Pierre Fillon, the ACO organises national and international events. You host events at your Le Mans circuits and organise others all over the world. Every day brings more postponements and cancellations. Have you any idea what the new calendars are going to look like?
The current environment is extremely unstable, both in France and abroad. New restrictions and recommendations are announced frequently. They differ from country to country, depending on how the virus is spreading and the precautions taken.
We are all in this unprecedented situation together. Flexibility is key and we are being as proactive as possible, working on a different set of hypotheses for each event. The ACO’s overriding priority is health and safety and throughout the organisation, including LMEM, ALMEM, M&A Prevention and 40 MA; the leitmotiv is professionalism and responsibility. Following the latest government announcements, the circuit, museum, karting track and training school are all closed until further notice. These measures are necessary. It’s a question of public health. We know now that such steps are decisive in this matter.
-How do you operate on a day-to-day basis?
We are guided by our number one principle: safety at our events. And that extends to everyone involved: spectators, club members, partners, volunteers, competitors, security officers, emergency services and the members of the venues we go to.
We have been holding small and larger-scale meetings several times a day to monitor the situation. We have drawn up several plans and mapped out schedules according to championship, competitor, circuit, spectator and organisational requirements. Our ticketing services are also adapting to the situation. We are in regular contact with motorsport bodies, the FIA, FIM, FFSA and FFM and government authorities.
- How is the sporting world going to be affected?
The sporting world is shaken, but sport isn’t everything. We mustn’t forget that. We have to take a lot more into account: health and safety first, overall postponements, availability of organisation staff and spectators, and the financial impact for the whole ecosystem. It’s a question of common sense, coordination and heeding advice. We are acting in the best interests of all. But nothing is ever ideal. We can only minimise the impact of an unprecedented situation. In most cases we are opting to postpone events so as not to affect the whole championship. It’s like doing a big jigsaw puzzle together.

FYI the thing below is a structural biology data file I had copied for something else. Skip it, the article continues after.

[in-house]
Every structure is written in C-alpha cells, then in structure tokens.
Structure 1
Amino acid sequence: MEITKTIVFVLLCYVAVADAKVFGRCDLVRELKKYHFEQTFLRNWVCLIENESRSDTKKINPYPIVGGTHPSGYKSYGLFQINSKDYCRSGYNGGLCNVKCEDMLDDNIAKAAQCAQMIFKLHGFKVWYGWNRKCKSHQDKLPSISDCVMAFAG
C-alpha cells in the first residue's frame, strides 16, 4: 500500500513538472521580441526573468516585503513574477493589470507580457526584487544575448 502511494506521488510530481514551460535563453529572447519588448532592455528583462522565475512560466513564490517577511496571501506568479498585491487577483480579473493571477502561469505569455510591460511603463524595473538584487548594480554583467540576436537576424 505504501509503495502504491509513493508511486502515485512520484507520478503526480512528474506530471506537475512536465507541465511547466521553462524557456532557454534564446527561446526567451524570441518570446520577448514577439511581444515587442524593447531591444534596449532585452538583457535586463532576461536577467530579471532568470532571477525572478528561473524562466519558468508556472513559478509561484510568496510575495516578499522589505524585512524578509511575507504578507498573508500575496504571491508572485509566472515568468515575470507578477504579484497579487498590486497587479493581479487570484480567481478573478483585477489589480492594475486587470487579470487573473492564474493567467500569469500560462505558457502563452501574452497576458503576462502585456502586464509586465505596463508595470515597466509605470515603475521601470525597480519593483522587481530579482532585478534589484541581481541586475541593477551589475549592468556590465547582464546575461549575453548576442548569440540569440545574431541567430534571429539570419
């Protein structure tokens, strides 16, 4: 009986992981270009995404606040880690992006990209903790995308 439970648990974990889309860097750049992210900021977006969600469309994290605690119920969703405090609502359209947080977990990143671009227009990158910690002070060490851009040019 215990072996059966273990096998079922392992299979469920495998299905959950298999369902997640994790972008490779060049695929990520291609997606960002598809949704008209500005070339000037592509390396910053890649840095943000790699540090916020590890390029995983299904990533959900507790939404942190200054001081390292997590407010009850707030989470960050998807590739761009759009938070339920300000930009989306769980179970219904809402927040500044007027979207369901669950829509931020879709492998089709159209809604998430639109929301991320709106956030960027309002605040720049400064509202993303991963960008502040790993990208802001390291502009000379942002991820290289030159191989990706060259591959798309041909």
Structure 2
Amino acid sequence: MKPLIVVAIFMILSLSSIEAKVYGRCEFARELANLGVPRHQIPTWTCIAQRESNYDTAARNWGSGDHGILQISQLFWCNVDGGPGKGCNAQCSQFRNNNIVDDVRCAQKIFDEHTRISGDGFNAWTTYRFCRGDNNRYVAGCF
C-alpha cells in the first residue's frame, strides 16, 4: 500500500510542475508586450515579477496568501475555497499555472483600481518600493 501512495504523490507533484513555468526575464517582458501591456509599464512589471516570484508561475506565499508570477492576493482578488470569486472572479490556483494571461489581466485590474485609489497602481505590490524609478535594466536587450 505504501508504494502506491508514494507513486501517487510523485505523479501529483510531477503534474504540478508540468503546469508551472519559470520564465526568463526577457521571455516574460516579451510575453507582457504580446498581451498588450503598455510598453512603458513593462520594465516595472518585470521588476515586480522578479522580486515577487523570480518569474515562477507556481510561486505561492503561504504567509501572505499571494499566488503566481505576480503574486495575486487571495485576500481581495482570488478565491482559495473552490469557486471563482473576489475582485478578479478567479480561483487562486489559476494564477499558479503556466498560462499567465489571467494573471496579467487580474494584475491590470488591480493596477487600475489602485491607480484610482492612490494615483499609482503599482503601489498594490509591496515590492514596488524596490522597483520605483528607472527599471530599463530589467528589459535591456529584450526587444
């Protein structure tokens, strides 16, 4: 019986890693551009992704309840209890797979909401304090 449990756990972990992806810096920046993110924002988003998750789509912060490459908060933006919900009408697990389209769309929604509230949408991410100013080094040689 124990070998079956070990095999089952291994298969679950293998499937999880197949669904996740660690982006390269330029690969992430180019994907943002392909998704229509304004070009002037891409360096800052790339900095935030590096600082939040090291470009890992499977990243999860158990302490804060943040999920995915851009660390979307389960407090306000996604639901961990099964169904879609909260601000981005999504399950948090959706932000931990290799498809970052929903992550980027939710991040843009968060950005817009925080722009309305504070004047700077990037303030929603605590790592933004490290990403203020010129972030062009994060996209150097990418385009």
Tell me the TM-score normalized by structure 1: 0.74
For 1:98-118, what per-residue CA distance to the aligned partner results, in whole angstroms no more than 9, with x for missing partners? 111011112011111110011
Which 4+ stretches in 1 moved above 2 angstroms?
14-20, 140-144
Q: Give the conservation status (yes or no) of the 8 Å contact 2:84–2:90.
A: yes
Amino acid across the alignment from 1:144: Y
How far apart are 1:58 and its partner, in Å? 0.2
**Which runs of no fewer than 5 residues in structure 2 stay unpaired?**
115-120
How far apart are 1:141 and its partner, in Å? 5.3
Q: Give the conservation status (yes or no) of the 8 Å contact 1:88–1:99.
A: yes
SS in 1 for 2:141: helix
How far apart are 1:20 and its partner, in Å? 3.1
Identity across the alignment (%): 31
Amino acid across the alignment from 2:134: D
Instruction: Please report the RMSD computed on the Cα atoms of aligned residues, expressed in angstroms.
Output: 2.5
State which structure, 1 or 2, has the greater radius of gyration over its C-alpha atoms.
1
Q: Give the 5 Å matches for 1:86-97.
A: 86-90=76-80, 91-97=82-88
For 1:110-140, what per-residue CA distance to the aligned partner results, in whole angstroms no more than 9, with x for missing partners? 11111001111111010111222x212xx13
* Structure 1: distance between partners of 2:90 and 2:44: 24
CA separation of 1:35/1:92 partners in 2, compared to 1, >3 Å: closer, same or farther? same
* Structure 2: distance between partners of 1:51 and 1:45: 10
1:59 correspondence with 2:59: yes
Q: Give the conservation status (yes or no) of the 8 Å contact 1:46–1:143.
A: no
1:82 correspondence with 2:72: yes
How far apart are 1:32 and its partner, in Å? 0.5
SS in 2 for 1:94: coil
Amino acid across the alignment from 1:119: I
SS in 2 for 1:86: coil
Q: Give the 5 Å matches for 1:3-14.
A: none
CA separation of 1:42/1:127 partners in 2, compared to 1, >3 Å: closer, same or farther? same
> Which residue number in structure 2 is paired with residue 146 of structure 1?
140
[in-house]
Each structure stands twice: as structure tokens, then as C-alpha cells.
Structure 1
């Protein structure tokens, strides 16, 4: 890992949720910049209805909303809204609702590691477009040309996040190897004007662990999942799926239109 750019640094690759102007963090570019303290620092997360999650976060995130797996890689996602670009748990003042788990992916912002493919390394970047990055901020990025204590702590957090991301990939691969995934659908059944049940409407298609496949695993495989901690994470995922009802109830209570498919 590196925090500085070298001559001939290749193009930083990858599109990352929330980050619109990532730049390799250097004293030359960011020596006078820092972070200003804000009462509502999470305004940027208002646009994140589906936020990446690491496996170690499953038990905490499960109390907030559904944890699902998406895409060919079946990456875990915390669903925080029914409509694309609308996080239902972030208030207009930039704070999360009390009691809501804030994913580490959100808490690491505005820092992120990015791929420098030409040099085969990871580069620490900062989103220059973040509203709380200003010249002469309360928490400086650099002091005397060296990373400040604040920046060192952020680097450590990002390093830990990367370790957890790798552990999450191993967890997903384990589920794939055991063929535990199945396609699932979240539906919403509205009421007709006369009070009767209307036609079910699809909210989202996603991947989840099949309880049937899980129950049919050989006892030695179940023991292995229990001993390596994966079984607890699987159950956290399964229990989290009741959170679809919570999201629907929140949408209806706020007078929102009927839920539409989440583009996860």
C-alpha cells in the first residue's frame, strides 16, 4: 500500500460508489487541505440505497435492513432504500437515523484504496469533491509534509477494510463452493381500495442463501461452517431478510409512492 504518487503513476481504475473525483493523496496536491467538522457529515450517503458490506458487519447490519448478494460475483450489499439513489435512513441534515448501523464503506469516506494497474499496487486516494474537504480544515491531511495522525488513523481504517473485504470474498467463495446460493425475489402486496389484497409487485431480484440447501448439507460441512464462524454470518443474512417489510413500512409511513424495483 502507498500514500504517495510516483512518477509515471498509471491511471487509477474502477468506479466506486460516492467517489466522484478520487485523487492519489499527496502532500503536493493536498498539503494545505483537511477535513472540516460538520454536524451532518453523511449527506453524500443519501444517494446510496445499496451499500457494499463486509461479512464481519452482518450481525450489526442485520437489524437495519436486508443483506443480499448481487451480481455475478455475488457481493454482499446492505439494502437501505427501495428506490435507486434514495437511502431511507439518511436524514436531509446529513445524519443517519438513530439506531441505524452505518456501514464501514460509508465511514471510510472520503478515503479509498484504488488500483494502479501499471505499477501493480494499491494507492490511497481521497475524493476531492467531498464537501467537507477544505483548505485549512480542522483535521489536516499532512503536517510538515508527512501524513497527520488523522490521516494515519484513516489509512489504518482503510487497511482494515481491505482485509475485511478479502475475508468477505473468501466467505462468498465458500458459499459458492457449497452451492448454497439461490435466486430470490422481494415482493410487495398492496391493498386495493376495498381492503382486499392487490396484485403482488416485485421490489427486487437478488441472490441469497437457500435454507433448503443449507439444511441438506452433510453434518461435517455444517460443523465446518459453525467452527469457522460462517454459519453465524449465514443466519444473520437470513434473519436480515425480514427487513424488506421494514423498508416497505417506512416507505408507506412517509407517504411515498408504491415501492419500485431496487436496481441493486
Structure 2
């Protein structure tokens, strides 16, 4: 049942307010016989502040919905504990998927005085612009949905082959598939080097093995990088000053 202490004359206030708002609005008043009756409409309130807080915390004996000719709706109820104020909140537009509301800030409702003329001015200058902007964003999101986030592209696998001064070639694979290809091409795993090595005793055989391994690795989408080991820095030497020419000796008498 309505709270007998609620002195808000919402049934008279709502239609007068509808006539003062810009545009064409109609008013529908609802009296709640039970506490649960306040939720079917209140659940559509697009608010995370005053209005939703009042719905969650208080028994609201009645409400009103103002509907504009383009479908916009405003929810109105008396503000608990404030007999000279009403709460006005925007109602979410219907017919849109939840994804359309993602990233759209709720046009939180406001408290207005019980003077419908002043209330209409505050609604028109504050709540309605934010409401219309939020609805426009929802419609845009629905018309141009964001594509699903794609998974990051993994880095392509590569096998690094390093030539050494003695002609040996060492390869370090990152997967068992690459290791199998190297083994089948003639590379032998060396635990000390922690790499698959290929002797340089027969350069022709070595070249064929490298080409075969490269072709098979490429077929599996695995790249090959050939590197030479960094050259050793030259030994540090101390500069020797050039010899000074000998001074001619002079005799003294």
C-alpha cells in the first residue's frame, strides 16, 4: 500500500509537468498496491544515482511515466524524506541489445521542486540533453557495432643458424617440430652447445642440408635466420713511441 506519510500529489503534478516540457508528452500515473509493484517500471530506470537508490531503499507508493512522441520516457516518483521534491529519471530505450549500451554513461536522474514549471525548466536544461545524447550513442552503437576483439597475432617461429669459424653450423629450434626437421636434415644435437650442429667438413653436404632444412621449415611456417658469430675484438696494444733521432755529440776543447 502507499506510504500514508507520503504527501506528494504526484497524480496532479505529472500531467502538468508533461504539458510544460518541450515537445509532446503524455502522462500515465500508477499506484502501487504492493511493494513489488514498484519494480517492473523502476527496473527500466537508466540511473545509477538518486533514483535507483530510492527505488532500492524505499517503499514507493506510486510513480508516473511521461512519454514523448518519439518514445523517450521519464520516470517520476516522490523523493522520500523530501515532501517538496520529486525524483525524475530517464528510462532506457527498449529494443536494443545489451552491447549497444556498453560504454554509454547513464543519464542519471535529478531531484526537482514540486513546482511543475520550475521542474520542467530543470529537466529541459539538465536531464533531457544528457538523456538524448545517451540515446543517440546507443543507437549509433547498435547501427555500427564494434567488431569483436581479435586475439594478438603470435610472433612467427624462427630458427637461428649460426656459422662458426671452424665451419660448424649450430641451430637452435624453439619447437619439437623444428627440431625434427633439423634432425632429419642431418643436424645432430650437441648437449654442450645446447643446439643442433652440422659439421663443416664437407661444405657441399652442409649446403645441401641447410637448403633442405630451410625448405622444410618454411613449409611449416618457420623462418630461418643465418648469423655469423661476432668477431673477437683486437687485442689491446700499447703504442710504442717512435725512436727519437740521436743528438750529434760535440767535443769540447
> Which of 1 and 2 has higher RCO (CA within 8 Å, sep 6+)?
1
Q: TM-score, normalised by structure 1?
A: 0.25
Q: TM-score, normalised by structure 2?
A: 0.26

- A few days ago, you announced the postponement of the 24H Motos and published a list of cancelled events scheduled for March and April. The start of the European Le Mans Series has been put back too. Two rounds of the World Endurance Championship, Sebring and Spa, are also affected. What about the 24 Hours of Le Mans this June?
We postponed the 24H Motos because the date was looming, and it was better to give teams and spectators ample warning. The race was scheduled for April – just a few weeks away – and we had very little doubt as to how the situation would evolve. We chose to give everyone plenty of notice. Following the government announcements, we cancelled or postponed other events scheduled for March and April.
For the 24 Hours of Le Mans (13-14 June 2020), we are monitoring the situation and following instructions issued by the authorities. We shall announce our decision on 15 April. Whatever happens, the 24 Hours of Le Mans will go ahead this year.
- Is all this affecting the bottom line, for the European Le Mans Series and the FIA WEC? Is the remainder of the season in jeopardy?
Sebring was cancelled in light of the travel restrictions applied by the USA. We were planning to present the ACO-IMSA merger project and the technical details for LMDh at the event. We’ll set up a separate press conference as soon as possible. As for the European Le Mans Series, we had to assess the situation and act accordingly. We consider the national and international picture every day. It’s not easy, it’s not simple, but we’re doing our best to soften the blow for all concerned. Yes, our schedules are affected, but we have no choice but to rework them and draw up new ones.
- What is the economic impact on the ACO? Have you looked into it yet?
Now is not the time to be looking at balance sheets. We’re concentrating on finding solutions to suit everyone. Health and safety take precedence at all our events. We know our limits and we can estimate the economic impact, but for the moment it is time to take action. We have to pull together. Rather than single out problems, we are busy trying to stabilise the situation and stay on top of things. We prefer to postpone events so they can go ahead later and we can honour our contracts with clients, suppliers and partners.
- The ACO employs 200 people. How are you coping? Are your staff working from home? Is anyone ill?
Since the announcement that schools would be closed, working from home has been encouraged when viable. Staff who need to look after children are allowed paid leave. Protective measures are applied in the workplace and we encourage others to comply too. Business travel has been restricted. Meetings are in small groups, with the appropriate distance between people. We use videoconferencing whenever possible. Generally speaking, we comply strictly with guidelines. These are all sensible – vital – precautions.
BREAKING NEWS: THE 2020 24 HOURS OF LE MANS TO BE RACED BEHIND CLOSED DOORS